Spokesman:  I mean, we're constantly increasing our fund asking.  What's important is that there's an increase in fund giving, right?  I mean, we have these humanitarian appeals at record levels.  A lot of them are underfunded.  We are in desperate need of funds, of cash.  Obviously, other long-term issues need to be addressed.  Notably the war that's going on in Ukraine, but, of course, climate change.  What the Secretary-General often refers to, the fiscal inequality of the international financial system.  So we continue to try to address these things on many fronts, but the bottom line is that the UN can't print money.  So we are going to continue to ask for money, and, of course, the private sector is a very important source of funding.

Question:  Okay I'm sorry to follow-up on Edie's question, there's supposed to be a doorstop or I mean, there's a scheduled doorstop of the commissioner, the EU commission president, and the Secretary-General.  Is there a way we could send you… and that just… I'm sorry, that's just a UNTV thing where they're going to make statements.  Can we send you questions?

Spokesman:  No, it's basically, I mean, it's akin to them, opening statements at the start.

Question:  So there's no way if we send you questions…?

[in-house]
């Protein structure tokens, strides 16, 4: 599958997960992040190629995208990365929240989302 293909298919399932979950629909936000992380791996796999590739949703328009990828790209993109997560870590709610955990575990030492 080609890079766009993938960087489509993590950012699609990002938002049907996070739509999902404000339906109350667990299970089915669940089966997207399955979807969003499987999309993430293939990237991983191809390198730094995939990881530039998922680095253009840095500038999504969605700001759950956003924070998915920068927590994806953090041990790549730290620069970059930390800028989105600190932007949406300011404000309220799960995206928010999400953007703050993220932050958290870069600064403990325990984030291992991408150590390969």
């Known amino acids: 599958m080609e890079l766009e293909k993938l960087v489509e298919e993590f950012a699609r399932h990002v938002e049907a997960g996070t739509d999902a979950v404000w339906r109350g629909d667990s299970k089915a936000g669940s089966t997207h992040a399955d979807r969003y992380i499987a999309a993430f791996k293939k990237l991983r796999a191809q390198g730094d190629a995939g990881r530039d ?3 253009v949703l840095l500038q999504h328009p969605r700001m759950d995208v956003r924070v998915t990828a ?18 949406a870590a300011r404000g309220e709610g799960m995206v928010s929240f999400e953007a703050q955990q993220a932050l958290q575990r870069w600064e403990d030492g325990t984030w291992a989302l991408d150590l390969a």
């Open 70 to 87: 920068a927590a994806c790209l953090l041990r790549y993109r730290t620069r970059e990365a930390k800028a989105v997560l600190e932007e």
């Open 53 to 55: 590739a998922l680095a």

Spokesman:  No, there's no Q&A session.  Miriam.

Question:  UK.  announced that the navy seized Iranian weapons from speedboats driven by smugglers in international waters south of Iran, early 2022, which is to be a violation of UN Security Council Resolution 2216.  At the same time, Poland confirmed arrests of one of its researchers in the Islamic Republic of Iran.  Do you know anything about these two matters?

Spokesman:  No, on the researcher we can look.  I was not aware.  On the issue of reported violations, those are reported through the relevant panel of experts to the Security Council.

Question:  I have one more question.  Human rights watch released a report today that the Taliban security forces are executing and forcibly disappearing alleged ISIS members and supporters.  Over 100 bodies were found in a canal east of Kabul, and there are Taliban going to people's residence houses, beat them and take them and kill them.  And also, Taliban are waging war in Balkhab over coal.  What…

Spokesman:  We continue to be very concerned about the way human rights in Afghanistan are progressing in reverse, so to speak, whether it's on the kind of issues that you mentioned, that human rights groups have mentioned and, of course, very importantly, on the issue of rights of girls and women.  And these are issues that we continue to bring up to the authorities in Kabul.  Okay.  I will get our guest.

For information media. Not an official record.